Also in the early 1920s, the company began developing a form of fried bran flake. These were launched in 1924 as Wheaties Whole Wheat Flakes. Always quick to exploit new marketing opportunities, Washburn Crosby acquired a small radio station the same year, and this became the platform for a new marketing vehicle. Betty Crocker took to the airwaves in 1925 as the hostess of a radio cooking show, eventually syndicated nationally from 1927. A year later, as the Depression began to take its toll on US companies, Bell engineered a mammoth merger of Washburn Crosby with more than 20 other regional millers, and renamed the resulting company General Mills.

A string of new products were introduced in the years that followed. Bisquick ready-to-bake mixes arrived in 1931; Kix was the company's first puffed cereal in 1937, followed four years later by Cheerioats, at the time America's first oat-based, ready-to-eat cereal. This brand name led to a court battle with Quaker, who claimed ownership of the word Oats in a brand name. In 1946, the name was finally shortened to Cheerios. By this time, the company's first cereal product Wheaties had successfully launched the career of a man who went on to become president of the United States. Ronald "Dutch" Reagan was originally one of several radio announcers for Wheaties-sponsored baseball matches on the radio. In 1937, the company organised a promotion which encouraged listeners to vote for their favourite Wheaties announcer. Reagan took first place, winning the prize of a Hollywood screen test which started his movie career.

In the 1940s, the company extended the Betty Crocker name to a range of cake mixes. Several new cereals were introduced during the following decade including pre-sweetened Jets (1953), followed by Trix in 1954. Instant mashed potatoes, later called Potato Buds, were launched in 1959. As its collection of packaged brands grew during the 1960s, General Mills focused its attentions away from commodity-based industry, closing or selling many of its regional flour mills. The push into consumer goods also led to massive diversification. Towards the end of the decade, General Mills became the world's biggest toys business with the purchase of Kenner toys and Parker Brothers games (now part of Hasbro). Other acquisitions included Monet jewellery, Izod clothing and Eddie Bauer apparel. The company also diversified into retailing and the hospitality business (through what is now Darden Restaurants), and ventured into frozen food with the purchase of Gorton's in 1973. It acquired US rights to the Yoplait yogurt brand in 1977.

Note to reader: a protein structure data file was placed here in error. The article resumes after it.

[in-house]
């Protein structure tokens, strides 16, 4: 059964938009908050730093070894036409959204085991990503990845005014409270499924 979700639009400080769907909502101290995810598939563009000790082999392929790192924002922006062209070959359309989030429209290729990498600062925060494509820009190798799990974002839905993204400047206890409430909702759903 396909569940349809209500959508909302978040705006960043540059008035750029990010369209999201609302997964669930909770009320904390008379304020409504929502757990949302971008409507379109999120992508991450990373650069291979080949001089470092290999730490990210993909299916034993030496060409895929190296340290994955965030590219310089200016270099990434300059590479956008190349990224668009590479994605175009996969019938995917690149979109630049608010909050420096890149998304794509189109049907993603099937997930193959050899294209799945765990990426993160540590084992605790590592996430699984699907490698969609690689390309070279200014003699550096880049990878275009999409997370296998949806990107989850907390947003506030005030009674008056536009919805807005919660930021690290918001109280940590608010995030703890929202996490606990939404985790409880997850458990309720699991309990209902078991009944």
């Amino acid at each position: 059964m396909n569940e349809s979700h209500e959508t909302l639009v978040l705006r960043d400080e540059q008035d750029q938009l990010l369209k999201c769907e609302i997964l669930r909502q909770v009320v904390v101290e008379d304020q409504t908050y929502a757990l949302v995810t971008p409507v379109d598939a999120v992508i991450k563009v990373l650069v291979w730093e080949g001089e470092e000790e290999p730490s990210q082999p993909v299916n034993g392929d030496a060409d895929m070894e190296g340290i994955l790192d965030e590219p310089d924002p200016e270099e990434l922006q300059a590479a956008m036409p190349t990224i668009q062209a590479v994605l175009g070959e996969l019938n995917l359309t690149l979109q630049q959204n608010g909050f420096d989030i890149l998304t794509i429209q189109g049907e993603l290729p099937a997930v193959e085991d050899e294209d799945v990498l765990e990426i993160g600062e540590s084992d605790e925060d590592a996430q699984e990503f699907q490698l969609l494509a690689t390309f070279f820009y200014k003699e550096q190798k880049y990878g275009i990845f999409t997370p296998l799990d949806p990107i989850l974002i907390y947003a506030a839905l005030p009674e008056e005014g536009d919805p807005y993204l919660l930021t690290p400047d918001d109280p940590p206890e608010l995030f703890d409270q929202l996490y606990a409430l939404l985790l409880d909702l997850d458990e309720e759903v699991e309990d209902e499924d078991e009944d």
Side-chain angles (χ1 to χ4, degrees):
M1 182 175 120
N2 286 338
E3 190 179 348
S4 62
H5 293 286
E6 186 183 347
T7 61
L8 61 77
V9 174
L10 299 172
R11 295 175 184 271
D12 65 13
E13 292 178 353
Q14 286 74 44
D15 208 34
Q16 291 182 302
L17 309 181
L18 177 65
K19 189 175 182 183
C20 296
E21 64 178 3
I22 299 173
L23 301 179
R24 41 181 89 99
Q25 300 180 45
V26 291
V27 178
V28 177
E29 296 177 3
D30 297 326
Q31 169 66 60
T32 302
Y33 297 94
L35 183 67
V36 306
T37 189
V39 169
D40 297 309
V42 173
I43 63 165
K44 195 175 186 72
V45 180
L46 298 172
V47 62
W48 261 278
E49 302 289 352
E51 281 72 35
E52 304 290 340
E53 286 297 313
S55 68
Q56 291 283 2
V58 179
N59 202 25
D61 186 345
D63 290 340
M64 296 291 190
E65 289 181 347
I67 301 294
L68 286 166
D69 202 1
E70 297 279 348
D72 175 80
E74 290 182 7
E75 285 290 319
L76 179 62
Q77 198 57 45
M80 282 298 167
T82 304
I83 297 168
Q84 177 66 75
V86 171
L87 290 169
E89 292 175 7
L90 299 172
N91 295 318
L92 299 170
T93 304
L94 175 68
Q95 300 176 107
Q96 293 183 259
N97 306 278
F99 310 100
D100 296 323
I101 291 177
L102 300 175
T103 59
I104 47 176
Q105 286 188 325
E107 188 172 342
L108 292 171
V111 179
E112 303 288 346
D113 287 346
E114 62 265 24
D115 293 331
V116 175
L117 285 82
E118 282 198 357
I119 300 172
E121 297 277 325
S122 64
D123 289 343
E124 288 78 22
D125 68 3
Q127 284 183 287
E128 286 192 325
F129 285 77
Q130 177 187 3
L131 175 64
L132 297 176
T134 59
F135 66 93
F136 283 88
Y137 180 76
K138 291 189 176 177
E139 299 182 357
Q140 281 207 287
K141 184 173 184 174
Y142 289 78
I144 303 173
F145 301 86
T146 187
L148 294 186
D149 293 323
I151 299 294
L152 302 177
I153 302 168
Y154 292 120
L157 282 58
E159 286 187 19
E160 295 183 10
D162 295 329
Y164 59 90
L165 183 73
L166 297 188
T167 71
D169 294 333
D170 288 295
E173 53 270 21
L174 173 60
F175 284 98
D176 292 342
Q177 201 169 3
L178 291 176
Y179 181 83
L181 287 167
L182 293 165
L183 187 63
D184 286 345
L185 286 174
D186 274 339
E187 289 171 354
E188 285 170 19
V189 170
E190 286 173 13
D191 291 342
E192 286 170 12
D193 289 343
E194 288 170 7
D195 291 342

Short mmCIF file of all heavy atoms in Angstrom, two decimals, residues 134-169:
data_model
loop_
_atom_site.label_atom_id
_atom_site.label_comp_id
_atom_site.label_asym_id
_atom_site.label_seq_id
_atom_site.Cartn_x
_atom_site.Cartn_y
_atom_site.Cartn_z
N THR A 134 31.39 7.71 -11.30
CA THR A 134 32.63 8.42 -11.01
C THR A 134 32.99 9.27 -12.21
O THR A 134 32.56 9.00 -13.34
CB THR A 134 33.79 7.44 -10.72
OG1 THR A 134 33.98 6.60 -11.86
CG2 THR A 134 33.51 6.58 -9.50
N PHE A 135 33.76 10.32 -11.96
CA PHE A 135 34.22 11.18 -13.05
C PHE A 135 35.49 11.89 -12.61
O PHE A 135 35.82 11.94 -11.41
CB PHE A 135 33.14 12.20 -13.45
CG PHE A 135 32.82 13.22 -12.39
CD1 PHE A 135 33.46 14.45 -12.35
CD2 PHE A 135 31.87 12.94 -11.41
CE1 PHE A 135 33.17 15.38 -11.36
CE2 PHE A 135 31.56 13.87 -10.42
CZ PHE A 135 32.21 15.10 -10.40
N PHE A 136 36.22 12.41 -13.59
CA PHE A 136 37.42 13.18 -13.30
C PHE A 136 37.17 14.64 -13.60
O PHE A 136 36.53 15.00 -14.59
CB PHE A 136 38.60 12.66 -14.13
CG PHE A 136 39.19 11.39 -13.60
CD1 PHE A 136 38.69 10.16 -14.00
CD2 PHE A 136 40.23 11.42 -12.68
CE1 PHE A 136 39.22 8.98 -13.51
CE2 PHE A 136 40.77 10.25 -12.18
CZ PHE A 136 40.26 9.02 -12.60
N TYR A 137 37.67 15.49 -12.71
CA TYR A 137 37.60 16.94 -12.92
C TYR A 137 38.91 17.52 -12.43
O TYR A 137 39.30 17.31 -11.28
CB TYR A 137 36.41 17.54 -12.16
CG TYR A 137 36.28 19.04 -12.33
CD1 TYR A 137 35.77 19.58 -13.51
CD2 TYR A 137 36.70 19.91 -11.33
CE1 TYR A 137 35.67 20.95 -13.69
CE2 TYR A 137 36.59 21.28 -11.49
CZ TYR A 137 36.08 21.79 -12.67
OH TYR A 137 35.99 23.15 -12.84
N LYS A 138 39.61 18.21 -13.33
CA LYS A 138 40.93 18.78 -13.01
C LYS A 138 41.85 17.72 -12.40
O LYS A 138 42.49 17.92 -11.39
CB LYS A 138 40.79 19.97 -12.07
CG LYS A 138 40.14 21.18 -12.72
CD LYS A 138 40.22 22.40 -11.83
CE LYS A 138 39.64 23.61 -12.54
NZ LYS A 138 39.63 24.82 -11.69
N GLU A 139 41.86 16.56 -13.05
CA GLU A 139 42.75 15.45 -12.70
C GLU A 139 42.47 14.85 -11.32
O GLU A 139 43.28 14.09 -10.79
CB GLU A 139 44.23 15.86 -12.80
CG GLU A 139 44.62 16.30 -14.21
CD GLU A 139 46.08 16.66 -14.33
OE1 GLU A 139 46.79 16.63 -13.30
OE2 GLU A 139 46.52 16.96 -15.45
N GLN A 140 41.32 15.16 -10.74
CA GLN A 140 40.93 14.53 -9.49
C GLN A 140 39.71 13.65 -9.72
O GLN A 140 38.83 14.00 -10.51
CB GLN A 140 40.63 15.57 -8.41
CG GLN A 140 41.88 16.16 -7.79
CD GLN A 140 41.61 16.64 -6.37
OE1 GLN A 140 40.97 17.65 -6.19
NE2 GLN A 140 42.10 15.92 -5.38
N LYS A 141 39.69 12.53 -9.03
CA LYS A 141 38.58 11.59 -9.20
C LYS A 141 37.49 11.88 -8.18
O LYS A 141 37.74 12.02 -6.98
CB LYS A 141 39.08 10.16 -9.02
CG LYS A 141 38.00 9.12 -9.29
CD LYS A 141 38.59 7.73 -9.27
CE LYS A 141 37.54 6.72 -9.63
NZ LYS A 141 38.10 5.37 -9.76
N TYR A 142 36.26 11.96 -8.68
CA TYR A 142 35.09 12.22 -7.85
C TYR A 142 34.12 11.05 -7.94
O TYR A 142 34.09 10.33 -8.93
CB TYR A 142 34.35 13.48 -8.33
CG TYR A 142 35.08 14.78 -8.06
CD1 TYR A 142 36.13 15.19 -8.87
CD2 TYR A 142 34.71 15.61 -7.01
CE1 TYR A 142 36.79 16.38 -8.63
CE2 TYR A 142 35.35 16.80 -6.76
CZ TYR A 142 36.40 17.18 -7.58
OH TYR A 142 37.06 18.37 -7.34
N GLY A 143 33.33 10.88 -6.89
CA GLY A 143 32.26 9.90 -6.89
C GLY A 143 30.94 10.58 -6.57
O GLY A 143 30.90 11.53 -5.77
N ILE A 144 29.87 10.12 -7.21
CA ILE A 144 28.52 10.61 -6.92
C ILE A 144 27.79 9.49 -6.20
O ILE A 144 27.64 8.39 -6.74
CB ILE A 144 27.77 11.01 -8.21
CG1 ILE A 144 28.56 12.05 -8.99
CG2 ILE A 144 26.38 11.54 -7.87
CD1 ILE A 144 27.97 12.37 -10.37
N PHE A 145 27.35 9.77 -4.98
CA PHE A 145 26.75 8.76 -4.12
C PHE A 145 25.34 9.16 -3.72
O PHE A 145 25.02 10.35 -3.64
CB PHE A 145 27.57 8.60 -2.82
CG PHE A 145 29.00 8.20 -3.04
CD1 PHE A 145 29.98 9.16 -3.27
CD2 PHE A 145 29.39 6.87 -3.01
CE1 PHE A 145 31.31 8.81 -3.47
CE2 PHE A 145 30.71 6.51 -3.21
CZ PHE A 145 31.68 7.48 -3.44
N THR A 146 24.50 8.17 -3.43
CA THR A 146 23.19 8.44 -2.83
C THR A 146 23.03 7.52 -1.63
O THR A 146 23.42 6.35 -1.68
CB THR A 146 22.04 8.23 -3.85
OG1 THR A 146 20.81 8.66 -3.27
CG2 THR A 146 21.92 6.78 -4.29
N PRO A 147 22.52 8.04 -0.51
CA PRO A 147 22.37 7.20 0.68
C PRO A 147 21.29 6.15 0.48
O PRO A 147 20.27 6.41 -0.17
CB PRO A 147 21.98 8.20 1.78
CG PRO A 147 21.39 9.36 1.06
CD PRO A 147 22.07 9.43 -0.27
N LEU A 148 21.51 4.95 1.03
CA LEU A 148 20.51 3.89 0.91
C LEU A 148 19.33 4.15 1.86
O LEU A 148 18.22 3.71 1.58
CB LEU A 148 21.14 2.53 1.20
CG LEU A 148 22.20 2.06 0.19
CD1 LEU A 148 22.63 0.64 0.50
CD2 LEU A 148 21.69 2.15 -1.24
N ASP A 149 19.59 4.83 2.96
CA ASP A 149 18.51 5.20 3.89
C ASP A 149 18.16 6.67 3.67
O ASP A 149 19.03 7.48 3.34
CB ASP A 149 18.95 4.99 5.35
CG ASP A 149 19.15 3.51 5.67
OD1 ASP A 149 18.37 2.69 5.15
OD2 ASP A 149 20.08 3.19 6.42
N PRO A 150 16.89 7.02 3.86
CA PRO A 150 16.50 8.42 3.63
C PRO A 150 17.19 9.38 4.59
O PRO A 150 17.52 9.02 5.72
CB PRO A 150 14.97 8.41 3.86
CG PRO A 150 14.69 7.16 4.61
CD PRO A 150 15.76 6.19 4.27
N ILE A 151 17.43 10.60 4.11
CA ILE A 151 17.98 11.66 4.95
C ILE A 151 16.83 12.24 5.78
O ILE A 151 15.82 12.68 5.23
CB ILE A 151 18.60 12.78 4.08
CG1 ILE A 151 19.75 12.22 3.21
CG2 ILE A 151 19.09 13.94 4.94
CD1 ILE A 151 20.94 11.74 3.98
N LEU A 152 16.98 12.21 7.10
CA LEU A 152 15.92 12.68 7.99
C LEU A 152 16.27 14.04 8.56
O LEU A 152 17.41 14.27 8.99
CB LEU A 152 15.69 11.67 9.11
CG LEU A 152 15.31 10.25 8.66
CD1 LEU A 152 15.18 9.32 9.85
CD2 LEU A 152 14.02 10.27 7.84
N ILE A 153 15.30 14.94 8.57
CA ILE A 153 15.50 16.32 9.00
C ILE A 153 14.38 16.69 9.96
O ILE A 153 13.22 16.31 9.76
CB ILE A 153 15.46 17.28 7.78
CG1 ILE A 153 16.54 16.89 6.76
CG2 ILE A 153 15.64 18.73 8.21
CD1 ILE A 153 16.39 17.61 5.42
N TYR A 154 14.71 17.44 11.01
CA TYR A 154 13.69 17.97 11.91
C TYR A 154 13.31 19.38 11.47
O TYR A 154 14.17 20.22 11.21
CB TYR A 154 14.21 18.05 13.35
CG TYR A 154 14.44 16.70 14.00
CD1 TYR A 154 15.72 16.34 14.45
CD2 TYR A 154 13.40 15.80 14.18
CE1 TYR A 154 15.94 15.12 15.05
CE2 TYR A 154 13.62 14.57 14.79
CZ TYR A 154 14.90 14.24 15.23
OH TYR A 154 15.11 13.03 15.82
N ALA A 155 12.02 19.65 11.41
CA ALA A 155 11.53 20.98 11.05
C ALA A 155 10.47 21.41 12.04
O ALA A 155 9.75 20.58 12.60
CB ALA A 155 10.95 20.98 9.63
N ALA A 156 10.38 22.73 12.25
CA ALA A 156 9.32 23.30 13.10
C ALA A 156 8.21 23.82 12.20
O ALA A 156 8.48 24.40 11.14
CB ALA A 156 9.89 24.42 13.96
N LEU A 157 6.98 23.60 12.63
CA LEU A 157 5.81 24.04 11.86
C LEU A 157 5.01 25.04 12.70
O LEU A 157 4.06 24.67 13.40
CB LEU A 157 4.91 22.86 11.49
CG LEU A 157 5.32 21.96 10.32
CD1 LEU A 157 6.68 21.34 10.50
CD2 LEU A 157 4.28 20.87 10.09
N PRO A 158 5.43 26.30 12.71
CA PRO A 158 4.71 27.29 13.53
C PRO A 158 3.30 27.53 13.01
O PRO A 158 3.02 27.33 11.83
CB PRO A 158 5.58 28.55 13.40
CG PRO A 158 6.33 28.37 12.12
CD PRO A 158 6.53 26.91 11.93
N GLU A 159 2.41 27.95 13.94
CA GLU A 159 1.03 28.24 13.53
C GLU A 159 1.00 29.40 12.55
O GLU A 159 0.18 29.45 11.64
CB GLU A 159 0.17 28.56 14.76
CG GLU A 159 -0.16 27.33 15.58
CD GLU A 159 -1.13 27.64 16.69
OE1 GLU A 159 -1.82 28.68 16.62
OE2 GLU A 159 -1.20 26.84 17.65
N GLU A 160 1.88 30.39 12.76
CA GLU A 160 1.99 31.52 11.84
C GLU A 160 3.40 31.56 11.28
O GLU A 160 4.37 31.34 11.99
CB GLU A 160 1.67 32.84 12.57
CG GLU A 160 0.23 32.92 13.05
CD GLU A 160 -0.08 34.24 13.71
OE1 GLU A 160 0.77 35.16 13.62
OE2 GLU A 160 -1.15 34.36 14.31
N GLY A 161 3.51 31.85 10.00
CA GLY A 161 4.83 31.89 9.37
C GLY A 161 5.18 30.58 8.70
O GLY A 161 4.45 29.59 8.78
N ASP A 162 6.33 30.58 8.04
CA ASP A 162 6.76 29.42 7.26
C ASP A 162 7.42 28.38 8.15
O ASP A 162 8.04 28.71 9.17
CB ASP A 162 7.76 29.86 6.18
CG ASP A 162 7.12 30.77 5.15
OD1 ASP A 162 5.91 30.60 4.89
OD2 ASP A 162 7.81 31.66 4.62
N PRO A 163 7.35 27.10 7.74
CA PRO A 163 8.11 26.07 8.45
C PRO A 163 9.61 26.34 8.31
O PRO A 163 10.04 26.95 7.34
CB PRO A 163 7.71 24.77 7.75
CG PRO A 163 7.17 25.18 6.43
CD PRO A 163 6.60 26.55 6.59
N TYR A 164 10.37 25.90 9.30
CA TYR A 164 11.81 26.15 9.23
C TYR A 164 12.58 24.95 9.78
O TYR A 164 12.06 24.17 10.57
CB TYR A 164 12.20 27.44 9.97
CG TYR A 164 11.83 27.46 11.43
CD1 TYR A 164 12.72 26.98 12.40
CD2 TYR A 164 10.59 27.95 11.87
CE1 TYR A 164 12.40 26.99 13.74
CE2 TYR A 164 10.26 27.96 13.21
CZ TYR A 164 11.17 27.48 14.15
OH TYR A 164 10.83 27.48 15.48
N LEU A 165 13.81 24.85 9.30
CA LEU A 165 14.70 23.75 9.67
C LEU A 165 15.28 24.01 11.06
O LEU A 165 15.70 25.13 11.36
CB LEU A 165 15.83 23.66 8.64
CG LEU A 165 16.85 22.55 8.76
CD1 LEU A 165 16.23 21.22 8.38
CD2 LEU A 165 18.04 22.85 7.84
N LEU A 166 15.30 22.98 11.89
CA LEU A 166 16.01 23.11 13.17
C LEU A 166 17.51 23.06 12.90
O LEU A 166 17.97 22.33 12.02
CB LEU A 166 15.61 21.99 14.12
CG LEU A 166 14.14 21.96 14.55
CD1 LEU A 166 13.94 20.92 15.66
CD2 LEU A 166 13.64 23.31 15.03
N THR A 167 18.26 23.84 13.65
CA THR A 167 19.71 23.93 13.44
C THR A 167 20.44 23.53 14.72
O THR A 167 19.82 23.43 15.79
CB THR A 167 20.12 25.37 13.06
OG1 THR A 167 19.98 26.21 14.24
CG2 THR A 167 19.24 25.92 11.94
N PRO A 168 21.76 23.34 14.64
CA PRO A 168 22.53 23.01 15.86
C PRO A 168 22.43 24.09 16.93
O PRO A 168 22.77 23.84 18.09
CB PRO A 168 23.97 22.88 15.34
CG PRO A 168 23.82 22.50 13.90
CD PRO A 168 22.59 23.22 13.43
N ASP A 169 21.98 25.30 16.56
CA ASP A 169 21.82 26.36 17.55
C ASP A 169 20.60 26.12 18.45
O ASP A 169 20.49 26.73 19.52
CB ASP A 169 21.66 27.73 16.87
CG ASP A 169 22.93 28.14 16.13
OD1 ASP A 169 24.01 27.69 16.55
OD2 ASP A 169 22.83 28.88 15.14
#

By 1985, General Mills was spreading itself dangerously thin. That year it began a series of disposals, selling non-core assets, or spinning them off to shareholders. At the same time it began to look to the international market for the first time. In 1989, the group formed the Cereal Partners joint venture with Nestle to market both companies' breakfast brands, initially in Europe. A similar arrangement, Snack Ventures Europe, was struck with PepsiCo in 1992 to market both companies' snack foods in mainland Europe. International Dessert Partners was formed with Bestfoods in 1994 to target the Latin American market (but was dissolved in 1999).

In 1994, a contamination scare forced the company to destroy $150m worth of cereals. The group recouped some of its losses by selling Gorton's to Unilever and spinning off its Red Lobster and Olive Garden restaurant chains as Darden Restaurants Inc. In 1997, the group bolstered its product line with the purchase of Chex from Ralston Purina for $570m. Other purchases in the late 1990s included snack brand Gardetto's and ready-made meal lines Lloyd's Barbecue and Farmhouse Foods. Following the market trend, the group went organic in 2000, with the purchase of Small Planet, and its subsidiary brands Muir Glen and Cascadian Farms.

But the biggest purchase by far was the capture of Diageo's Pillsbury unit for $10.5bn in shares and debt. Ironically, the two companies shared a very similar origin. Charles Pillsbury built a flour mill close to Washburn Crosby in the late 19th century, and the two businesses were close rivals. After that they grew increasingly far apart, although they remained competitors in the baking mix sector. Under the terms of the deal, Diageo took a 33% stake in the merged General Mills-Pillsbury company, but sold off its shares in several tranches over the following few years.

As part of the Pillsbury deal General Mills also took over the company's stake in Ice Cream Partners USA, a joint venture with Nestle, formed to 1999 to distribute Haagen-Dazs and Nestle ice creams in North America. However, the change of ownership gave Nestle rights to buy control of Ice Cream Partners. In December 2001 the Swiss company paid $641m for General Mills' 50% share. In early 2002 the group confirmed plans to introduce as many as 100 new product line extensions and new brands over the following 12 months.

Last full revision 26th April 2018